So what does this have to do with study abroad? Our Race and Ethnicity Task Force has been charged with composing a series of articles over the next year related to support for racially and ethnically diverse students. When we came together this fall the racial tensions on our university campuses were very much on our minds. We have been discussing how the same lack of dialogue and unpreparedness in handling racial differences is likewise present in many education abroad offices and programs. While we as a field are making incremental changes, and organizations like Diversity Abroad have brought us together and advanced much of the conversations around diversity, much work remains. In the upcoming year, our Task Force will be writing about the various dynamics that prevent us, as a study abroad field and as professionals, from authentically discussing and addressing the role of race and ethnicity in study abroad programming and student and staff experiences.

We begin our four part blog series by discussing the first dynamic of colorblindness, a mindset that we view as detrimental to advancing conversations about race and the related support that we can provide to racially and ethnically diverse students: "Colorblindness" is Not the Answer

Contributed by the Diversity Abroad Network Task Force on Racially & Ethnically Diverse Students. 

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Updates from the Inaugural Task Force on International Students

Posted By Administration, Monday, January 4, 2016
Updated: Friday, December 30, 2016

Guest Post by the Diversity Abroad Task Force on International Students:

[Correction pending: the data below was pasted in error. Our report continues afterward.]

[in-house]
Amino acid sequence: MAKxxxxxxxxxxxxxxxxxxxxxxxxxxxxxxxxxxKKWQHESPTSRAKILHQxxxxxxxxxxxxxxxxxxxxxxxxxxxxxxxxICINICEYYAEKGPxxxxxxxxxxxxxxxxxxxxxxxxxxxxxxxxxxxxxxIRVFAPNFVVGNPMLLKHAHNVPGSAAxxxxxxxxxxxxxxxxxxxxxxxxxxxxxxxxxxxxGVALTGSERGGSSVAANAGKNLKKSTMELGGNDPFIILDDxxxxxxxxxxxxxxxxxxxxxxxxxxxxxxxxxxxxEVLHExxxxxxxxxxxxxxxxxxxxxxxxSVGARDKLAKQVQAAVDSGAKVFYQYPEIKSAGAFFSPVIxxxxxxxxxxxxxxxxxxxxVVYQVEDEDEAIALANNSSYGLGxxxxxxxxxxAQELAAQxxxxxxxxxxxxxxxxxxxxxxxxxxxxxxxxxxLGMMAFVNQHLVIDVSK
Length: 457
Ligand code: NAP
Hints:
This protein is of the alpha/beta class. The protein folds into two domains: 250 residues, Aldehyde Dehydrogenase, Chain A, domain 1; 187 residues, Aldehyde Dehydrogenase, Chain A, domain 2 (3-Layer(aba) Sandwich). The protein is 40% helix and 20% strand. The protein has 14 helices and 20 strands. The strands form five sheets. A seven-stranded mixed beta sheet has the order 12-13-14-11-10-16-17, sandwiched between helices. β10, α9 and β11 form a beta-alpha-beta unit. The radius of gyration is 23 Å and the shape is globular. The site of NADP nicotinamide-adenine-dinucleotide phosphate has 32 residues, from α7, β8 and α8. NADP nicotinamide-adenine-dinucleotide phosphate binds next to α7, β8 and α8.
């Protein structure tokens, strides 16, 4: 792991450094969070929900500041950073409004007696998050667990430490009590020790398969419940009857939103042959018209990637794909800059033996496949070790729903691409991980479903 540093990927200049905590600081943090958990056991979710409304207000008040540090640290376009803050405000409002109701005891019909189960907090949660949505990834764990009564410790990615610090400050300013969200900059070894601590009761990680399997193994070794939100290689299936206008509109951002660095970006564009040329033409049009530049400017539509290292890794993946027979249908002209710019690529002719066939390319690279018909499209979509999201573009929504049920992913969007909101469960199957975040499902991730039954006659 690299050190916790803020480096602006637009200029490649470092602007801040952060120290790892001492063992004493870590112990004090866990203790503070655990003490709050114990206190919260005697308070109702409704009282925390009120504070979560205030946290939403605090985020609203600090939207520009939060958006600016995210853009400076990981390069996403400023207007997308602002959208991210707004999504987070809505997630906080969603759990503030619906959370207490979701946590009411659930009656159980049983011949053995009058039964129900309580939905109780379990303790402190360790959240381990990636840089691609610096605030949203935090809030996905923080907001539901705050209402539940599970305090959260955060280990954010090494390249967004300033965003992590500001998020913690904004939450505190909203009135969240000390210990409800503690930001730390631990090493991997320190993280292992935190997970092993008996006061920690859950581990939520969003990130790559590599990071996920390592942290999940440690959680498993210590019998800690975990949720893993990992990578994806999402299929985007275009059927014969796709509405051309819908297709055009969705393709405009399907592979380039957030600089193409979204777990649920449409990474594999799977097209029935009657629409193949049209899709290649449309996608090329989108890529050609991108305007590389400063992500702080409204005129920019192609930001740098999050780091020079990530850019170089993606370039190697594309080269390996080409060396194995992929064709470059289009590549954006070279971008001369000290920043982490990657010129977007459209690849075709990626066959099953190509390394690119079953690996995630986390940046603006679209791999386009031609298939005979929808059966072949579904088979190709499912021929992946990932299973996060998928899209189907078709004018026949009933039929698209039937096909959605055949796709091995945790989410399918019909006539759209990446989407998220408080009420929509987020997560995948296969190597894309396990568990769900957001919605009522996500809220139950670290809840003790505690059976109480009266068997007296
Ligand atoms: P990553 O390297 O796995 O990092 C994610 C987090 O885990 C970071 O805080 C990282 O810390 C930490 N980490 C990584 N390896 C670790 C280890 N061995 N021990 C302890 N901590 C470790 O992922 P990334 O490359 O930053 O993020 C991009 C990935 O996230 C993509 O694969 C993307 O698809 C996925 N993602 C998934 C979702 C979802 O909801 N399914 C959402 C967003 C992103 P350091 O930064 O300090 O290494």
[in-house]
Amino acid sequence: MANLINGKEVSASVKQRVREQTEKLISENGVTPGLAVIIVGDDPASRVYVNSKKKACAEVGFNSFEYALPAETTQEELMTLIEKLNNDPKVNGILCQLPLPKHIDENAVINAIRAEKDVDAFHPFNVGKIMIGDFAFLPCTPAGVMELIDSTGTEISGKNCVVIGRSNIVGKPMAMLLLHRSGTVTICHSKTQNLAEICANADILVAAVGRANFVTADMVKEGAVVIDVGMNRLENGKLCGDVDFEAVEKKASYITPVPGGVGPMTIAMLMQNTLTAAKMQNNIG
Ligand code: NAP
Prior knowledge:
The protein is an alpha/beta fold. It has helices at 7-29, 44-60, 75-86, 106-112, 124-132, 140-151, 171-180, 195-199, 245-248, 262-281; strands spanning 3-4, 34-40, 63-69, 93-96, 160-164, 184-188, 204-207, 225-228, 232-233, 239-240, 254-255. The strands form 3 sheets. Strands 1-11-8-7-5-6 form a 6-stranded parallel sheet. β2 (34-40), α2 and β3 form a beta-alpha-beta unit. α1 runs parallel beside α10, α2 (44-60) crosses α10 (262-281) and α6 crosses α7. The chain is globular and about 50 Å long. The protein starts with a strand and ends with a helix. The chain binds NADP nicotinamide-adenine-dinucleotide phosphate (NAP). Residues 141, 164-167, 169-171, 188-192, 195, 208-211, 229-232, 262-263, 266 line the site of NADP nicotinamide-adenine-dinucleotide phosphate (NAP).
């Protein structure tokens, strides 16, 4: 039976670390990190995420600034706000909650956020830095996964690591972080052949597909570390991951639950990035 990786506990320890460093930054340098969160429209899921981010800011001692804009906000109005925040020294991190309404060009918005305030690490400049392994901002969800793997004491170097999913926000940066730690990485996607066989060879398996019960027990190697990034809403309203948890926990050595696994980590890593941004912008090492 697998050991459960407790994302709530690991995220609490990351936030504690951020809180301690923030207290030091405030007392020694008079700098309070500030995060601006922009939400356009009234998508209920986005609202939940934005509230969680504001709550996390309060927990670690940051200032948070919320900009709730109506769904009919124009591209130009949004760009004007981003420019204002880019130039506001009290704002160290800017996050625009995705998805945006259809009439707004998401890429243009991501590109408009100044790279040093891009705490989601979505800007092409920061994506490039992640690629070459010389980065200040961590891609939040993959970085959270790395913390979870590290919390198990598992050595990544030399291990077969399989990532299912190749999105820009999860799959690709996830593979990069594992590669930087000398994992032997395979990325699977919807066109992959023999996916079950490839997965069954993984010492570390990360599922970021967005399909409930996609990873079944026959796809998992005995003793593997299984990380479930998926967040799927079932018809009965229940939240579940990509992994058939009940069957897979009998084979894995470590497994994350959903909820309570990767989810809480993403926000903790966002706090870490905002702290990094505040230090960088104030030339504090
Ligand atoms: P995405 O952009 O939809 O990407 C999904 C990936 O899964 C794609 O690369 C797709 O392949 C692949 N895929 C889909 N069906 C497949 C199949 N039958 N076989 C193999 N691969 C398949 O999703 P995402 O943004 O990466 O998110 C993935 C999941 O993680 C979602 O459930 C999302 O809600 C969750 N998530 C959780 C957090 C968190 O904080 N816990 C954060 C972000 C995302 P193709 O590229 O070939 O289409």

BJ Titus (Chair) - University of Minnesota, Twin Cities
Stephanie Leahy - New York University
Jacquis Watters - Maryland Institute College of Art

As the International Students Task Force begins its inaugural year, we have started to reflect on why this student population is of particular interest. This task force was created to begin exploring and developing resources for professionals working with international students.

While many colleges and universities have been interested in international students who choose to study abroad (again) for some time, the college experience overall for international students continues to become more and more relevant. When looking at the Open Doors data, almost 1 million international students studied at US colleges and universities last year, it makes sense to start looking at this population more closely than we have in the past. We all have international students on our campus, but once they arrive, how are you working with this population and how does this international student population impact diversity on your campus?